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Steel Homes, Metal Homes

History of light steel framing in steel homes and metal homes

Throughout the world more and more builders are switching to steel frame construction, both in low-level and multi-story residential buildings. This internationally established and well-proven structural technique is now entering the European market. The steel frame housing favored in the UK is similar to that proven in successful office building systems. Steel homes or metal homes framed with cold rolled profiles can be assembled on the full range of conventional foundations.

United States of America
Low-level steel homes constructed using a steel frame now account for approximately 20% of new build in the US. Not only does steel frame construction have a low level of wastage at the construction stage and low on-going maintenance costs but, in addition, between 25% and 100% of the structural steel is recycled; and is 100% recyclable. The market development for steel in steel homes in the USA has been explosive. In 1992 about 500 houses were built with a steel frame, the year after 15,000 houses, last year 100,000 steel houses were built, and the market looks set to continue to grow for metal homes

Steel frame construction in residential projects is already widespread in Australia with the large builders of steel homes often acting as project managers; sub-contracting tradesmen to supply and install the major components, such as the plumbing, electricity, kitchens, roofing and external walls. The designs are re-used from project to project in order to maintain economies of scale.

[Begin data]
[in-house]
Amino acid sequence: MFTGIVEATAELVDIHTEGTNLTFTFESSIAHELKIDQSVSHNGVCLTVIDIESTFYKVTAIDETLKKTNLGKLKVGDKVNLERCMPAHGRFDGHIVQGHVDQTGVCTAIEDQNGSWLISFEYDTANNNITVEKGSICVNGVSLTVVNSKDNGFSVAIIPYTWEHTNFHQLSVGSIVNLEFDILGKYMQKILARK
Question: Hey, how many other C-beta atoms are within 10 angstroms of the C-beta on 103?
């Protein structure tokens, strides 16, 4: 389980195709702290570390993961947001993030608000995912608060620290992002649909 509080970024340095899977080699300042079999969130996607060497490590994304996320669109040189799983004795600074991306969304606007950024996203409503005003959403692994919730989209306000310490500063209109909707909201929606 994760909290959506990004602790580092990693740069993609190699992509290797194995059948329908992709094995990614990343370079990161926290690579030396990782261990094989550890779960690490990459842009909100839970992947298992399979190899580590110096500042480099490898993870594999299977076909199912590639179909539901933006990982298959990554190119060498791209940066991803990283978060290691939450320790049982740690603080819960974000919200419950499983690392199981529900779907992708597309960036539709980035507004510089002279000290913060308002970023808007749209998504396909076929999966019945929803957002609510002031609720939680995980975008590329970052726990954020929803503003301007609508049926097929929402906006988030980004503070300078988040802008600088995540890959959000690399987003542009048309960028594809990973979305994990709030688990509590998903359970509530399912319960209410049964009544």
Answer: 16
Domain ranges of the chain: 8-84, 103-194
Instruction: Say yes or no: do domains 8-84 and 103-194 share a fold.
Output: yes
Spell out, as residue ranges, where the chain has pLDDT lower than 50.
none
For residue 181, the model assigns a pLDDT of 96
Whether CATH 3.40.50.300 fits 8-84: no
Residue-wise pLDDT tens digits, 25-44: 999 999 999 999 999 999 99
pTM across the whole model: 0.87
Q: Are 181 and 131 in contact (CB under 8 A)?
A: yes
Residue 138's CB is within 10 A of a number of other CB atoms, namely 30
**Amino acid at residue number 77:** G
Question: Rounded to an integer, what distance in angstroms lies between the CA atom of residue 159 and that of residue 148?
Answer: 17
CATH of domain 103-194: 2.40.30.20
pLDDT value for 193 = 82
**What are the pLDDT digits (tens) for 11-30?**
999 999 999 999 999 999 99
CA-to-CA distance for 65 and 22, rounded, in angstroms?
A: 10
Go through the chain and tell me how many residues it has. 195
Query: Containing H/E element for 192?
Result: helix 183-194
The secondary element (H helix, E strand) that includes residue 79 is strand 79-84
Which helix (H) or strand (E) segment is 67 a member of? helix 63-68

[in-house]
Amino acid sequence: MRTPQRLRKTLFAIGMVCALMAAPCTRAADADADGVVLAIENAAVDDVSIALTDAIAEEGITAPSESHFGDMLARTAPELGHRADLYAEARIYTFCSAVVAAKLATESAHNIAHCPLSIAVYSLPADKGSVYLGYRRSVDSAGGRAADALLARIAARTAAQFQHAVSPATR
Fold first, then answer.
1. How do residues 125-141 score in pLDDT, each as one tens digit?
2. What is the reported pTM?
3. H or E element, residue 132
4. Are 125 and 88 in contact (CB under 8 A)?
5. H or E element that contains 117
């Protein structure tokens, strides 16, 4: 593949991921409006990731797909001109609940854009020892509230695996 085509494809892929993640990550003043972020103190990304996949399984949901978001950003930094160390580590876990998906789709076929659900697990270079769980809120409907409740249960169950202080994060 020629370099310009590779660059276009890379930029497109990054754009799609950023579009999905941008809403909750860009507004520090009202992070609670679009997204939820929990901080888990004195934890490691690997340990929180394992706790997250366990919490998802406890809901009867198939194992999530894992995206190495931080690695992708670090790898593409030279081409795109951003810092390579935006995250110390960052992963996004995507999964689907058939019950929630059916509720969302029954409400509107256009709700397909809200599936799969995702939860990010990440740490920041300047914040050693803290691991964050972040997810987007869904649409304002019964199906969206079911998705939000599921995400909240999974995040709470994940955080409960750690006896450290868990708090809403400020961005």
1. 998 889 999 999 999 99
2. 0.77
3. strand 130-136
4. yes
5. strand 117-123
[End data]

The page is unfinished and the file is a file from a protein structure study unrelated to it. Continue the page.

In Japan the use of steel frame in family houses has been common since the 1950's. After World War II the house shortage was so acute that more than 4 million new houses had to be built urgently. Before 1940 most of the buildings were built of wood and were destroyed by fires during the war. To replace all those houses in wood would have required 150 year's production of timber. To protect the forestry resources and promote non-flammable construction, the use of wood in load-bearing construction was restricted. Taking advantage of these restrictions, the Japanese steel industry began to manufacture light-gauge steel shapes as a substitute for wooden structural products to frame steel homes. As a consequence of this, a great deal of knowledge has been gained in this field and many efficient steel frame systems have been developed. Since then, the market share for constructional steel in housing has been relatively constant. Today there are a great number of standardized drawings available for residential steel homes using a frame of light-gauge steel profiles.

Mainland Europe
In Europe, the main market outside the United Kingdom has been Scandinavia and Denmark, where a number of low-level and apartment developments have been built using steel frame construction over the past few years. These steel homes are assembled using a minimum number of construction materials; usually steel, gypsum board and mineral wool.

The UK
Several of the UK Top 20 house builders are now using steel frame for flats and two-story homes. Some companies are now specifying steel in production quantities, while others are involved in pilot projects to compare light steel frame with other innovative construction techniques. Faced with a shortage of skilled labour and increased demands for quality from customers, the industry has recognized that it must move towards shorter construction times, more efficient design and increased industrial production of steel homes or metal homes. Steel is one of the most effective ways to meet these objectives.